random.randint(0, 9999) % 2 == 0 seems convoluted. As far as I can tell, that's just basically a "coin-flip", but it's basing it on a random number from 0-9999 for some reason. I think the 9999 is a red-herring that makes the code harder to understand,and it would be clearer to just generate a single random bit:

if random.getrandbits(1) == 0:  # Or maybe just if random.getrandbits(1):


Since you've requested input on how to improve the algorithm in addition to directly improving code (and I know very little about Python anyways), I'll share my idea on it.

# Use Markov chains

It's pretty close to what you're already doing, but determines the following letter based on many letters before it, not just one. Obviously, it will have vastly bigger lookup table, so you'll also want to write a (probably separate) program that parses dictionary and stores that data for word generation. It's up to you how to store result, one of viable options is to use sqlite due to relative ease of use, great speed and ability to operate in-memory. My testing reveals that optimal amount of letters to account for is 3: less gives incoherent results and more leads to words being too close to existing ones.

Also, Markov chains aren't limited to word generation. With some tweaking it should be possible to produce (rather odd) texts.

I had made a few improvements to the code, its outputs are now much better, though still it isn't not quite what I had in mind when I wrote the code, but it is much closer than before, though it still isn't ideal.

It now imports ascii_lowercase from String module, has a constant that stores vowels, and gets consonants by subtracting vowels from letters.

I capitalized the name of tails because it acts as a constant during code execution, and only store unique entries in it.

I made a few corrections to the letter following rules, and extended the definition of vowels to include the letter "y", because y can follow virtually any letter.

I lowered the maximum limit of heads a word can have to four, and set the limit to the maximum number of tails a head can have to a random integer in the range between two and five, just in the improbable case the coin-flip fails to break the loops.

I have also made the script discard the random letter if there are already two consecutive vowels or consonants or same letters.

So this is the updated code:

import random
from collections import Counter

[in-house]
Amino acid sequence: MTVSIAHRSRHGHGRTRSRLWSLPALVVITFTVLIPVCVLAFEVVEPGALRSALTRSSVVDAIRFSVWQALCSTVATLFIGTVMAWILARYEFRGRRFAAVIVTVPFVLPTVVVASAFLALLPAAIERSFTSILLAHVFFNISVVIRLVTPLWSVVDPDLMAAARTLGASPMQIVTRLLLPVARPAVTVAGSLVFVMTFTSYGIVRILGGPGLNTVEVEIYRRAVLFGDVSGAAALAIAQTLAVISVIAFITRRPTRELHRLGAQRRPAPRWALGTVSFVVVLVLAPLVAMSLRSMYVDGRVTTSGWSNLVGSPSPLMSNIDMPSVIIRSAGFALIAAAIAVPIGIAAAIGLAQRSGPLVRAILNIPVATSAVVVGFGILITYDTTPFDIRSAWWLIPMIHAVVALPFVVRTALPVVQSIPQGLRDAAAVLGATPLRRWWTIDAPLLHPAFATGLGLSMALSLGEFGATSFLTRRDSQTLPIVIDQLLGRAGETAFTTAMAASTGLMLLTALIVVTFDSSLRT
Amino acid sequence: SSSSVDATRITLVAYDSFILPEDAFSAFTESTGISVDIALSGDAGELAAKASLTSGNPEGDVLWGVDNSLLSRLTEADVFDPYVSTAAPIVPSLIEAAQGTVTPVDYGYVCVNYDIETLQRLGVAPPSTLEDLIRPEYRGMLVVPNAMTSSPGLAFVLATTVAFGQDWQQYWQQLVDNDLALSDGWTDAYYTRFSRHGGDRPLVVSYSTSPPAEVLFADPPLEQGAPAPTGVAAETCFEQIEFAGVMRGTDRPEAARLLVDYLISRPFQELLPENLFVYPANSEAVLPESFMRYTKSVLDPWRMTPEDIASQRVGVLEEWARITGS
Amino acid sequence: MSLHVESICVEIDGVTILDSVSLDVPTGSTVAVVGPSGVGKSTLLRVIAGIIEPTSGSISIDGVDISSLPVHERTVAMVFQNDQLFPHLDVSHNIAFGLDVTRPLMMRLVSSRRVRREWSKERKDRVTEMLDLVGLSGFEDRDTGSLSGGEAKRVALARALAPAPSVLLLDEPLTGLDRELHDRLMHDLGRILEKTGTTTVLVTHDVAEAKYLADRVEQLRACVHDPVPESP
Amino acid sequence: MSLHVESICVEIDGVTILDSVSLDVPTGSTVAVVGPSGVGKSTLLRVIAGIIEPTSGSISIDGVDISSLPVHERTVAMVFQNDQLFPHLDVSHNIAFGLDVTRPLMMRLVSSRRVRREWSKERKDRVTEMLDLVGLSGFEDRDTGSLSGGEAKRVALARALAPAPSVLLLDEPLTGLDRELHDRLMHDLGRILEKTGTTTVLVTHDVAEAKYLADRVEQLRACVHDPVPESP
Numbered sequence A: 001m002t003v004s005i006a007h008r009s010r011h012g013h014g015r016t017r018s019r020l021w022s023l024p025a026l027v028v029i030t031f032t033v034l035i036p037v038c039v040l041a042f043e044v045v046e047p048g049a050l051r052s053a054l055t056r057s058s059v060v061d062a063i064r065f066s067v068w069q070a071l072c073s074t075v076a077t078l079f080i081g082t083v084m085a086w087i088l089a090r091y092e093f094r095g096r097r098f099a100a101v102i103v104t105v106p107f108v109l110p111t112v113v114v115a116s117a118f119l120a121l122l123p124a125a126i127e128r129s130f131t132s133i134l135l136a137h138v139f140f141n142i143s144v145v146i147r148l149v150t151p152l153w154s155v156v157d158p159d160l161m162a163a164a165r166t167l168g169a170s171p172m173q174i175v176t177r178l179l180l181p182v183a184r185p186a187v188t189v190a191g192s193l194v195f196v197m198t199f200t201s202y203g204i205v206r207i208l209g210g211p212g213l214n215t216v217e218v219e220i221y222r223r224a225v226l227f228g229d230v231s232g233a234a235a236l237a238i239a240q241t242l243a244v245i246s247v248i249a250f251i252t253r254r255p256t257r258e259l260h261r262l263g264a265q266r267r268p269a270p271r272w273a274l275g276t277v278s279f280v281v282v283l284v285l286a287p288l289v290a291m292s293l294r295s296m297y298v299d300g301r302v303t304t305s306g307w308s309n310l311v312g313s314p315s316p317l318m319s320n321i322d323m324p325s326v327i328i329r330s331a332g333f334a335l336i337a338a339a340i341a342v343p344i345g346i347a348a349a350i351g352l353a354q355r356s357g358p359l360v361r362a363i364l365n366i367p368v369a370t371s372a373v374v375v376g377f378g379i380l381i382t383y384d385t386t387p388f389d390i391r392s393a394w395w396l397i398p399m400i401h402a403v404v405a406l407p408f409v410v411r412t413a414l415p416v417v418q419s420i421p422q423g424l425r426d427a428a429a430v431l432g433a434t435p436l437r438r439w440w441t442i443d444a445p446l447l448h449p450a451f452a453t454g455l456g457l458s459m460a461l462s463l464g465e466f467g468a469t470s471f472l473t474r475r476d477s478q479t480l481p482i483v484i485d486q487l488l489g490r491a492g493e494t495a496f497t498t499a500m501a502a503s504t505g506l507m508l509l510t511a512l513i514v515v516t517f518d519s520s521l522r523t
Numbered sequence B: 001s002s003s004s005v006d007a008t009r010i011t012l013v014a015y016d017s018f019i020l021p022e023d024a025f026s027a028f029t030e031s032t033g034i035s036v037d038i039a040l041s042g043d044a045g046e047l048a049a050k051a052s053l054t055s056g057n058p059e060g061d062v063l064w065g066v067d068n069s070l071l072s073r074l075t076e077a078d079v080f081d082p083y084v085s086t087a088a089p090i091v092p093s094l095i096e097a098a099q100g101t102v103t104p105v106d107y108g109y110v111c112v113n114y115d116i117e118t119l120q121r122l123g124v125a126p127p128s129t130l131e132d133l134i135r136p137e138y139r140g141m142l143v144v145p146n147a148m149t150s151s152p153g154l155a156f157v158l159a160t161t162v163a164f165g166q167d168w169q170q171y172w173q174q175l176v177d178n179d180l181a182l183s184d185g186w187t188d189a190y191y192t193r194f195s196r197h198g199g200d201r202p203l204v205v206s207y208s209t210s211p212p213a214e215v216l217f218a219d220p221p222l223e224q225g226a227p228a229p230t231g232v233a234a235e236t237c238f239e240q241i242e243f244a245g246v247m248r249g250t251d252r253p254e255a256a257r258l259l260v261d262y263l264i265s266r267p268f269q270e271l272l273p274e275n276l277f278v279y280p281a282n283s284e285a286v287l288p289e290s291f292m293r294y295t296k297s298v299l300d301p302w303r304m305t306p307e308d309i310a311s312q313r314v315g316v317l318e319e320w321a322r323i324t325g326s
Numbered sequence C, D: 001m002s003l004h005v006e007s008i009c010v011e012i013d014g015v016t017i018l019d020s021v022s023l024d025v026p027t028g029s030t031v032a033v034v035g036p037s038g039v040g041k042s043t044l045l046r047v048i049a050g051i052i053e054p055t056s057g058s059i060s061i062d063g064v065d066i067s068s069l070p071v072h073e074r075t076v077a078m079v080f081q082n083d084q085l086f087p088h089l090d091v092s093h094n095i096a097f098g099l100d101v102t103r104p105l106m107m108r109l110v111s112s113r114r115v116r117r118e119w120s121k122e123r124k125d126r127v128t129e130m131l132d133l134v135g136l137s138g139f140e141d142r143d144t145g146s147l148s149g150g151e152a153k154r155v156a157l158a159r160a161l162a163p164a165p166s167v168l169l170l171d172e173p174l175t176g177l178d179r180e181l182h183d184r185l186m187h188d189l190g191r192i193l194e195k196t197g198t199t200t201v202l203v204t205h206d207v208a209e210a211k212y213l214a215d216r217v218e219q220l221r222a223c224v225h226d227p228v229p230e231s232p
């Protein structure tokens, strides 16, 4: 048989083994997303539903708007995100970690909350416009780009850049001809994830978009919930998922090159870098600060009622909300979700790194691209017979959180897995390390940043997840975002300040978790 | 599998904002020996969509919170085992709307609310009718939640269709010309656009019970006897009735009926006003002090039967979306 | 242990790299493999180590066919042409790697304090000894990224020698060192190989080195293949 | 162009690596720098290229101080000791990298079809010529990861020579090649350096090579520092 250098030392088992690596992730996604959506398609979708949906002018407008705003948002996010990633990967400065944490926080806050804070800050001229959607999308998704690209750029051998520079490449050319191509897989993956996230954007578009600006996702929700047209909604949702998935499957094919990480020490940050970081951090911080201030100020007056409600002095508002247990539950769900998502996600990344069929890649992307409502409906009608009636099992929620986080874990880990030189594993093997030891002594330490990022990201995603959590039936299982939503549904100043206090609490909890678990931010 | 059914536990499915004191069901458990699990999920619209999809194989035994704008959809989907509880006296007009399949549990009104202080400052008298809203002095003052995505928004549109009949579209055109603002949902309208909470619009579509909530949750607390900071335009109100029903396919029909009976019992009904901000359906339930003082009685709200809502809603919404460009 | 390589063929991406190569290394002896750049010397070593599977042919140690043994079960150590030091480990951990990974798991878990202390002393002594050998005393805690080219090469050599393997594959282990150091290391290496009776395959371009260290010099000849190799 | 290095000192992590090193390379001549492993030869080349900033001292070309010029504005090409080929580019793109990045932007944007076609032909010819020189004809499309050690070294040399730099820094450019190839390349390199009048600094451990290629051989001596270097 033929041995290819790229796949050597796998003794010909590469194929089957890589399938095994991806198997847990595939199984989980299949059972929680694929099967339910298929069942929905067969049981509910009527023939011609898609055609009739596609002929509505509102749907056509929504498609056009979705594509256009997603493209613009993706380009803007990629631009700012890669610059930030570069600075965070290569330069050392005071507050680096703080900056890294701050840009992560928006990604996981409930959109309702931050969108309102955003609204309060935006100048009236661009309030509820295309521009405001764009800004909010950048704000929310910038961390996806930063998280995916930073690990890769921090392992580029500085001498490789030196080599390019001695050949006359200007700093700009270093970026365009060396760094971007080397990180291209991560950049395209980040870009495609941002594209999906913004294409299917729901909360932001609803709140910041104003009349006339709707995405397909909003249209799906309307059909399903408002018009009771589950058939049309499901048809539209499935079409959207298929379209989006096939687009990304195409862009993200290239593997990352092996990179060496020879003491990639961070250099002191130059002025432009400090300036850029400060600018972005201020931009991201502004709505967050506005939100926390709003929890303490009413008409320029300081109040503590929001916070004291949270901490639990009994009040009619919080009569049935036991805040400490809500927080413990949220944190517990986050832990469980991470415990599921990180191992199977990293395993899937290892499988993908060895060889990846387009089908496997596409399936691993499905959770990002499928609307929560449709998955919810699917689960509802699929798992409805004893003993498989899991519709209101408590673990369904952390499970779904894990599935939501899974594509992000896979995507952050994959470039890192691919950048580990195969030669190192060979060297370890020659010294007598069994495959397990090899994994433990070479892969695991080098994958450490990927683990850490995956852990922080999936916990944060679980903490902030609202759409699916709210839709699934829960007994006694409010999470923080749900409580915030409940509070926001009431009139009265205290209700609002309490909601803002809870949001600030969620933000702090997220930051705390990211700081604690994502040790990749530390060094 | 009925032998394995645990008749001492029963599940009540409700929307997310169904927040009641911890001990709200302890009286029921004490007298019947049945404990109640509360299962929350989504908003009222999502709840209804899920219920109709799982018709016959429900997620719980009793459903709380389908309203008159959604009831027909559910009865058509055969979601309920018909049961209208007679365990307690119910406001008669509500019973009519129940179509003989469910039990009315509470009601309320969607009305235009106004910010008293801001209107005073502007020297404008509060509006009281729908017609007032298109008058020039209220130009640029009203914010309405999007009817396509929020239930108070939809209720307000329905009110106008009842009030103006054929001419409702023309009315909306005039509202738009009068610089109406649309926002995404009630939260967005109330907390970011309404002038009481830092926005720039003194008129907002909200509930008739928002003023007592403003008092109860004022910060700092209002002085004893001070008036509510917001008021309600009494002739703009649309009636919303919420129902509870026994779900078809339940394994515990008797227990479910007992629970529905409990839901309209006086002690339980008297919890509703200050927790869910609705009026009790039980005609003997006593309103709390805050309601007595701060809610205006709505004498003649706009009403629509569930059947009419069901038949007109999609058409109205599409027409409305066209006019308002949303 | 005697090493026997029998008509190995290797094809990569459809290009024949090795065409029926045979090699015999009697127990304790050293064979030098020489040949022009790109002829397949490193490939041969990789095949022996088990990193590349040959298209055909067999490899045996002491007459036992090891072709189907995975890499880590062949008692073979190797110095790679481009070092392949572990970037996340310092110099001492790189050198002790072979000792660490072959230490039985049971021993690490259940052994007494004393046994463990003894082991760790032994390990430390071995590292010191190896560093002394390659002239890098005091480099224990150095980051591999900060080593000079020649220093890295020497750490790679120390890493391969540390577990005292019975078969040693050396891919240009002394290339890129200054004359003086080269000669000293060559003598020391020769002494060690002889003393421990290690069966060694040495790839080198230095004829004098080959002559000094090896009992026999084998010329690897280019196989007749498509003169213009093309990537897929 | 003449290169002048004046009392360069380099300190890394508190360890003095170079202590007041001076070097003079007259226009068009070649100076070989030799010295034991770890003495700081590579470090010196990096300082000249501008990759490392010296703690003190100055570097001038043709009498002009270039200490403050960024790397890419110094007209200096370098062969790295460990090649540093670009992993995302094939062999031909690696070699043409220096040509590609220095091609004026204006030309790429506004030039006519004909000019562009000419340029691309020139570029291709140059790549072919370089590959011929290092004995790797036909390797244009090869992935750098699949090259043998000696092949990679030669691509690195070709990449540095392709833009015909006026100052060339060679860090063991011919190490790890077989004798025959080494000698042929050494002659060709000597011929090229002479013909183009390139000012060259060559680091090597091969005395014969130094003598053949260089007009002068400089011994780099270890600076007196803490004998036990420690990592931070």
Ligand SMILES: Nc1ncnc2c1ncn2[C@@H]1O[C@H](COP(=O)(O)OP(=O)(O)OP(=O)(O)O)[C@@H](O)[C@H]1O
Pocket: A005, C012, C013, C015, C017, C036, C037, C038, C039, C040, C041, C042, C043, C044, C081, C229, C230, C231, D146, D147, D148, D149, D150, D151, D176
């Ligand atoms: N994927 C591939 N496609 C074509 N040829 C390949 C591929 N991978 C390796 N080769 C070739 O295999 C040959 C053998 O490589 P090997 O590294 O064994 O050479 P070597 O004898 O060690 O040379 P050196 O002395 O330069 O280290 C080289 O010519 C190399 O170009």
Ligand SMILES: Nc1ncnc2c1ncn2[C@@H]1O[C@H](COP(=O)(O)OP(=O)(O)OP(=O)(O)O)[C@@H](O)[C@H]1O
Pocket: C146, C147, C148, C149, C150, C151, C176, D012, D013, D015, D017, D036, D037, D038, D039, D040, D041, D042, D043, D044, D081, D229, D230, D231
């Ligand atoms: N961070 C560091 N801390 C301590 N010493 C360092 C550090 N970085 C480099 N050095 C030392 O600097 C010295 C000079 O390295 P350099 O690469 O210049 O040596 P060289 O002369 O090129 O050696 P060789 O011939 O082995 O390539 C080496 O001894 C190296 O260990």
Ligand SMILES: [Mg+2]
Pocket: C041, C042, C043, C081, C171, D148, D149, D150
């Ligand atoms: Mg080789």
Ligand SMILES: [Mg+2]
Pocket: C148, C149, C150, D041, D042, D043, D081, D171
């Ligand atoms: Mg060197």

from string import ascii_lowercase

SAMPLE = Counter({
'e': 1202,
't': 910,
'a': 812,
'o': 768,
'i': 731,
'n': 695,
's': 628,
'r': 602,
'h': 592,
'd': 432,
'l': 398,
'u': 288,
'c': 271,
'm': 261,
'f': 230,
'y': 211,
'w': 209,
'g': 203,
'p': 182,
'b': 149,
'v': 111,
'k': 69,
'x': 17,
'q': 11,
'j': 10,
'z': 8
})

pool = list(SAMPLE.elements())
randpool = []

while len(pool) > 0:
elem = random.choice(pool)
randpool.append(elem)
pool.remove(elem)

LETTERS = set(ascii_lowercase)
VOWELS = set('aeiouy')
CONSONANTS = LETTERS - VOWELS

TAILS = {
'a': CONSONANTS,
'b': 'bjlr',
'c': 'chjklr',
'd': 'dgjw',
'e': CONSONANTS,
'f': 'fjlr',
'g': 'ghjlrw',
'h': '',
'i': CONSONANTS,
'j': '',
'k': 'hklrvw',
'l': 'l',
'm': 'cm',
'n': 'gn',
'o': CONSONANTS,
'p': 'fhlprst',
'q': '',
'r': 'hrw',
's': 'chjklmnpqstw',
't': 'hjrstw',
'u': CONSONANTS,
'v': 'lv',
'w': 'hr',
'x': 'h',
'y': 'sv',
'z': 'hlvw'
}

# variables expanded:
# w: Word, r: Random Letter, sc: Serial Consonants count, sv: Serial Vowels Count, ss: Serial Same-letter count, lm: Max Length of tails, l: Length of tails

def randomword():
count = random.randint(1, 4)
heads = [random.choice(randpool) for i in range(count)]
i = 0
segments = []
while count > 0:
sc, ss, sv = 0, 0, 0
if w in CONSONANTS: sc += 1
else: sv += 1
while True:
r = random.choice(randpool)
if r in TAILS[w] or r in VOWELS:
if i == 0 and r == w: continue
else:
if r in VOWELS:
sc = 0
sv += 1
break
else:
sv = 0
sc += 1
break
w += r
l = 1
lm = random.randint(2, 5)
while True:
if l == lm:
segments.append(w)
count -= 1
break
f = r
r = random.choice(randpool)
if r in TAILS[f] or r in VOWELS:
if r in VOWELS:
sc = 0
sv += 1
elif r in CONSONANTS:
sv = 0
sc += 1
if sv == 3 or sc == 3: continue
if r != f: ss = 0
if r == f and ss == 1: continue
if r == f: ss += 1
w += r
l += 1
if random.getrandbits(1):
segments.append(w)
count -= 1
break
i += 1
return ''.join(segments)

if __name__ == '__main__':
print(randomword())